Montague Dawson RMSA, FRSA (1890–1973)

Ships That Pass

Oil on canvas

28.25 x 42 in

Private collection

Montague Dawson RMSA, FRSA (1890–1973) was a British painter who was renowned as a maritime artist. His most famous paintings depict sailing ships, usually clippers or warships of the 18th and 19th centuries. Montague was the son of a keen yachtsman and the grandson of the marine painter Henry Dawson (18111878), born in Chiswick, London. Much of his childhood was spent on Southampton Water where he was able to indulge his interest in the study of ships. For a brief period around 1910 Dawson worked for a commercial art studio in Bedford Row, London, but with the outbreak of the First World War he joined the Royal Navy. Whilst serving with the Navy in Falmouth he met Charles Napier Hemy (18411917), who considerably influenced his work. In 1924 Dawson was the official artist for an Expedition to the South Seas by the steam yacht St.George. During the expedition he provided illustrated reports to the Graphic magazine.

Montague Dawson RMSA, FRSA (1890–1973)


oil on canvas

20″ x 30.25″ — 50.8 x 76.8 cm.

Private collection

Halve Maen (Dutch pronunciation) was a Dutch East India Company vlieboot which sailed into what is now New York Harbor in September 1609. She was commissioned by the VOC Chamber of Amsterdam in the Dutch Republic to covertly find a western passage to China. The ship was captained by Henry Hudson, an Englishman in the service of the Dutch Republic. More on Halve Maen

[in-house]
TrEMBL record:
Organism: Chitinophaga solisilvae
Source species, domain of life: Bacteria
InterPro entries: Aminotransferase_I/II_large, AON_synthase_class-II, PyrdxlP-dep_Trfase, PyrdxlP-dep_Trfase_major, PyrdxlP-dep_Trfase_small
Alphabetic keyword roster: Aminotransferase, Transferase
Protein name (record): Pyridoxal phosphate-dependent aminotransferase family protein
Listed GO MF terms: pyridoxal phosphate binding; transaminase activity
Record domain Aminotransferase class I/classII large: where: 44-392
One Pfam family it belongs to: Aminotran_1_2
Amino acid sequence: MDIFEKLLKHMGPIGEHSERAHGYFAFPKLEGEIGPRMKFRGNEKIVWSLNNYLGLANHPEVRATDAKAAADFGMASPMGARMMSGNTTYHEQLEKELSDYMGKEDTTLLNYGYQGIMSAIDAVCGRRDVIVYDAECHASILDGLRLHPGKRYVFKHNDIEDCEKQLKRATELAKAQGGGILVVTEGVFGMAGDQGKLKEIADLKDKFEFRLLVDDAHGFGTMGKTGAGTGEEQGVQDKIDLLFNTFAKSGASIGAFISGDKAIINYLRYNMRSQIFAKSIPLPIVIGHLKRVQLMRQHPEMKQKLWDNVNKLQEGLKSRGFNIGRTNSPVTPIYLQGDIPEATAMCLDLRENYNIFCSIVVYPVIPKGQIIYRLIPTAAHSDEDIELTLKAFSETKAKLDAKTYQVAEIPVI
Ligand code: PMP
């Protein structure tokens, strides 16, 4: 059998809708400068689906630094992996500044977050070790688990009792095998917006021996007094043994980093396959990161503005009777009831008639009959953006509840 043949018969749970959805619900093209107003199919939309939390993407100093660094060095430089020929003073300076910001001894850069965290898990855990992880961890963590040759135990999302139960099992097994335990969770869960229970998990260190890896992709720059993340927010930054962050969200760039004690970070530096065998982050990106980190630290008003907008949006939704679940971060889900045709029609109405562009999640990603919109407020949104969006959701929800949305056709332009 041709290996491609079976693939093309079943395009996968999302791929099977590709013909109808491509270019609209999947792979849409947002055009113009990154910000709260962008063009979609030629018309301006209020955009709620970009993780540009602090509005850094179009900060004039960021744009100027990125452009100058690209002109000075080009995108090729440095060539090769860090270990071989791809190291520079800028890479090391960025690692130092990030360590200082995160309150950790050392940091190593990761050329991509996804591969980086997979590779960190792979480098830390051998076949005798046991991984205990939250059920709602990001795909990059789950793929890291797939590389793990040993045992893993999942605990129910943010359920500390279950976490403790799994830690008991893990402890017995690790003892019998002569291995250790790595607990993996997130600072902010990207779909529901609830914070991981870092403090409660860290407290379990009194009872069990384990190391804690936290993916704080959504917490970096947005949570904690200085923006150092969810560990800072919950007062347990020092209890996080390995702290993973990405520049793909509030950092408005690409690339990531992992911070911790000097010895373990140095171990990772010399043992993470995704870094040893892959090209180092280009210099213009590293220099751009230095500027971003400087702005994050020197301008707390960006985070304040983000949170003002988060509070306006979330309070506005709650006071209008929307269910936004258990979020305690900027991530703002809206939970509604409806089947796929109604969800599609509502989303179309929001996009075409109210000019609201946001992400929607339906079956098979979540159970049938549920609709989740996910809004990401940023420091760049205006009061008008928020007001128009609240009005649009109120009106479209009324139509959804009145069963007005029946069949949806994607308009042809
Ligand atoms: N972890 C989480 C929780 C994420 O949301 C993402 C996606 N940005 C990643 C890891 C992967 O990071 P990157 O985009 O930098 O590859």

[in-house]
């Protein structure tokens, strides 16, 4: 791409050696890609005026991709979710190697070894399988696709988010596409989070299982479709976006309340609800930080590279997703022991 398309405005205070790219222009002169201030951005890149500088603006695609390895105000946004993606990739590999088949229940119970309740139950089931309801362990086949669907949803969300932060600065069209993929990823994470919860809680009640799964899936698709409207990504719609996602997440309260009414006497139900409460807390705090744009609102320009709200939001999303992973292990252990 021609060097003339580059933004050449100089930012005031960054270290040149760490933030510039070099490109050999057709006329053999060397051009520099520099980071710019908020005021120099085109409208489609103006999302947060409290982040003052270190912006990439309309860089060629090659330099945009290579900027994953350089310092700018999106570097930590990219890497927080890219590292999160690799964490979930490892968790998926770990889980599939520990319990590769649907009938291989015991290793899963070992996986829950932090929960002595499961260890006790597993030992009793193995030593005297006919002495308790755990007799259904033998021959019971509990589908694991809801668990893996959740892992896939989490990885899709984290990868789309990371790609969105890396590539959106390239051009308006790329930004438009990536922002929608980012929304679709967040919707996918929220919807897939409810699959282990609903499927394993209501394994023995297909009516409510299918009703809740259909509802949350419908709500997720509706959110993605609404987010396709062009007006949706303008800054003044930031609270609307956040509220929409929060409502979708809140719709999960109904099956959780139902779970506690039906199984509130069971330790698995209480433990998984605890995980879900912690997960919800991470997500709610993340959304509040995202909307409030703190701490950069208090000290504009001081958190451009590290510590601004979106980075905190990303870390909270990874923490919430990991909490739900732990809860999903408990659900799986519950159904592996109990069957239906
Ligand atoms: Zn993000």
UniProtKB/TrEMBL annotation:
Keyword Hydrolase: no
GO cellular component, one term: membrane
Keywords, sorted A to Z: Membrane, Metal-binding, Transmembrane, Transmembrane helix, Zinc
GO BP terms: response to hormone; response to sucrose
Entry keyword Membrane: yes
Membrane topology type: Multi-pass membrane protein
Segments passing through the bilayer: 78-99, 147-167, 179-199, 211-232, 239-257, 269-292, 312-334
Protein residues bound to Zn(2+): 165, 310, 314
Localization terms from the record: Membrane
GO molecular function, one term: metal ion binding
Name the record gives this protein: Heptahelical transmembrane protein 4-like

After the War, Dawson established himself as a professional marine artist, concentrating on historical subjects and portraits of deep-water sailing ships. During the Second World War, he was employed as a war artist. Dawson exhibited regularly at the Royal Society of Marine Artists, of which he became a member, from 1946 to 1964, and occasionally at the Royal Academy between 1917 and 1936. By the 1930s he was considered one of the greatest living marine artists, whose patrons included two American Presidents, Dwight D Eisenhower and Lyndon B Johnson, as well as the British Royal Family. Also in the 1930s, he moved to Milford-Upon-Sea in Hampshire, living there for many years. Dawson is noted for the strict accuracy in the nautical detail of his paintings which often sell for six figures.

The work of Montague Dawson is represented in the National Maritime Museum, Greenwich and the Royal Naval Museum, Portsmouth. More on Montague Dawson




Height: 16 & 11 in. by Width: 33 & 28 in.

Private collection

Thomas Bush Hardy (1842, Sheffield – 1897, Maida Vale, London) was a British marine painter and watercolourist. As a young man he travelled in the Netherlands and Italy. In 1884 Hardy was elected a Member of the Royal Society of British Artists. He exhibited with the Society and also at the Royal Academy.